Sunday, November 2, 2014

Clarification

Okay let me clarify something here about my last post.

My mother doesn’t tell me what to do or how to look.  (She does express what she likes in her quest for her version of a perfect world.)

I am technically a senior citizen myself.  I have defiance down to a science already.

Truth be told (and I know that you don’t really want to hear this) you reach a time in your life where its not all about yourself anymore.

Your parents are getting older and you know that they won’t be around forever.  You want to make them happy in their last days, weeks, months, years… what ever… of their lives.  (They have enough troubles in their lives already in bodies that are running down.  And don’t get me started about their friends getting sick and dieing off in droves.)

So toning down the Goth stuff when I visit them just to make them happy doesn’t feel like a big thing to do.  (And besides that I’ve ruined way too many of the family photos moments for them in my life already putting my happiness first.)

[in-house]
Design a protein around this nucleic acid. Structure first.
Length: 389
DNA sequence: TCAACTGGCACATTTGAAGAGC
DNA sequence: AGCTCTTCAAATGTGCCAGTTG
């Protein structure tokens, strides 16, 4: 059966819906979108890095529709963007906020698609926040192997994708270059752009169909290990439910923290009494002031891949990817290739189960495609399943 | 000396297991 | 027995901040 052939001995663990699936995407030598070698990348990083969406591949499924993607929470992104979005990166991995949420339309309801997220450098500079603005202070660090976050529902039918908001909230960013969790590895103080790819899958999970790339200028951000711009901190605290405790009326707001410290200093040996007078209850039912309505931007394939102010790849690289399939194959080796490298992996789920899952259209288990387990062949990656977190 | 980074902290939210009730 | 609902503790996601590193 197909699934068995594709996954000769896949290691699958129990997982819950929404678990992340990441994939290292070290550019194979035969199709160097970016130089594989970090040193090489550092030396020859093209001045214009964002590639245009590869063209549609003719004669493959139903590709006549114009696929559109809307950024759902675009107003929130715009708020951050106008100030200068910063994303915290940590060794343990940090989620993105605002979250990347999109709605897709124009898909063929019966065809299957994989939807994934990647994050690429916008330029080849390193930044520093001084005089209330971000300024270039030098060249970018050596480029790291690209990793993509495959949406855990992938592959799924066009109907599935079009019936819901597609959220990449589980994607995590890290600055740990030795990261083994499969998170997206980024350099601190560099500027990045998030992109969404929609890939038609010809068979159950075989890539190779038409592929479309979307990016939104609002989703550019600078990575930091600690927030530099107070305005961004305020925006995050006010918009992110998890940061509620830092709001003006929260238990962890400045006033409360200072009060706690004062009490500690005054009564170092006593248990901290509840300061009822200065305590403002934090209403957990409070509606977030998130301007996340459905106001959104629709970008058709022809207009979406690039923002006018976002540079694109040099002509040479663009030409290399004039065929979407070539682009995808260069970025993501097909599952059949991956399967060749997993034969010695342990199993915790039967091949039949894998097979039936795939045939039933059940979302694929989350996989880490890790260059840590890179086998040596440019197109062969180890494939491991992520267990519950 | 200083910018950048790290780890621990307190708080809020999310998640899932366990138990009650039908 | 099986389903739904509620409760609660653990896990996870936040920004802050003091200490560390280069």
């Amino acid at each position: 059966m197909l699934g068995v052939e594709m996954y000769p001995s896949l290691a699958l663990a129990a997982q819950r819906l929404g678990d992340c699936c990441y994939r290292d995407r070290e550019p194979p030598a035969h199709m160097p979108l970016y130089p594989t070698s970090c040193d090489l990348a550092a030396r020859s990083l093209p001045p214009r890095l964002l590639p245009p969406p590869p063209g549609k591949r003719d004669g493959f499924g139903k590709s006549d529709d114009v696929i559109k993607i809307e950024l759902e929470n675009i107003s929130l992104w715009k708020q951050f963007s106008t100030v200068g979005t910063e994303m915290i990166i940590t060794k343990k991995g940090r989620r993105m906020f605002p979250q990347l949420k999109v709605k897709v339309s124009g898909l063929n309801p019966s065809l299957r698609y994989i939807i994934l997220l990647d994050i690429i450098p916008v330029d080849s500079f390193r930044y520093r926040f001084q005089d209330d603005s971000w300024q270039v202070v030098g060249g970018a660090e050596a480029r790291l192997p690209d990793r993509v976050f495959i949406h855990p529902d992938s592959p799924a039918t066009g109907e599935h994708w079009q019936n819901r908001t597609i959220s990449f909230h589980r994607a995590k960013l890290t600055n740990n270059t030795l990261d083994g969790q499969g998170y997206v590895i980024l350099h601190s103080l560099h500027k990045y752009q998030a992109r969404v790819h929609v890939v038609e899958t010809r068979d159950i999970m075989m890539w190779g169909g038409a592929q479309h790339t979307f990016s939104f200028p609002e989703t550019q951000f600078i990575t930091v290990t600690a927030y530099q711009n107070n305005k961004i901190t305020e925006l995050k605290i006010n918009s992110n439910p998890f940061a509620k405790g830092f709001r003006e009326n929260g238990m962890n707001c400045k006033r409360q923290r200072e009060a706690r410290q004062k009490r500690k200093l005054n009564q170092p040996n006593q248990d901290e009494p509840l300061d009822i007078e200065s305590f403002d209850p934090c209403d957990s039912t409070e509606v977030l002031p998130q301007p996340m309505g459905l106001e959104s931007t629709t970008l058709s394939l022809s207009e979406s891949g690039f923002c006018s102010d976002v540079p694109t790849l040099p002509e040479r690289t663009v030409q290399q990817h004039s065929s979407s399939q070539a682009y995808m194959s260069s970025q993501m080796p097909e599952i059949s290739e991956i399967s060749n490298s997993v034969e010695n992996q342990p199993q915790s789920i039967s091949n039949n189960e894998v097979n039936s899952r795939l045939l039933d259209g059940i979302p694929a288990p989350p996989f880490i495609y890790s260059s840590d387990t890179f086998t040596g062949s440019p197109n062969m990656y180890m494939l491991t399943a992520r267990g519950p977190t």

I’m a Mother and Grandmother myself.  I’d like to have the Addams Family version of a family portrait.  But I also wouldn’t dream of insisting that my parents, husband, kids and grandkids be dressed in a manner that wasn’t themselves.  I just don’t live in an Addams Family type of situation.  Few Goths do.

So: you win some, you loose some, and you let other win sometimes just to see them happy.

I have the rest of my life to do what I want in.  And when you think about it, most of my hours are devoted to my comfort and Gothiness.  The people around me benefit from my happiness in my Goth state.

And those that don’t appreciate it have lost out on what I can give them to enrich their lives.

So I hope that my parents appreciate what I do for them in love and kindness.  And that they also know in their hearts that a loving Goth daughter is what I have been.  And I will always be Goth on the inside, no matter what the outside looks like.  I just don't have to be in your face about it all of the time.

2 comments:

Lucretia said...

And I love THIS post even more. :-)

Sylvie Little Corp Goth Girl said...

My father passed away when I was twenty years old, right while I was in the midst of my "uber Goth days." Out of love and respect for him, I pulled out from the back of my close that bright purple flowered print skirt he bought me. I wore it to his funeral. He loved me unconditionally. Even bought me my first corset! It was a labor of love. I don't blame you one bit for doing that.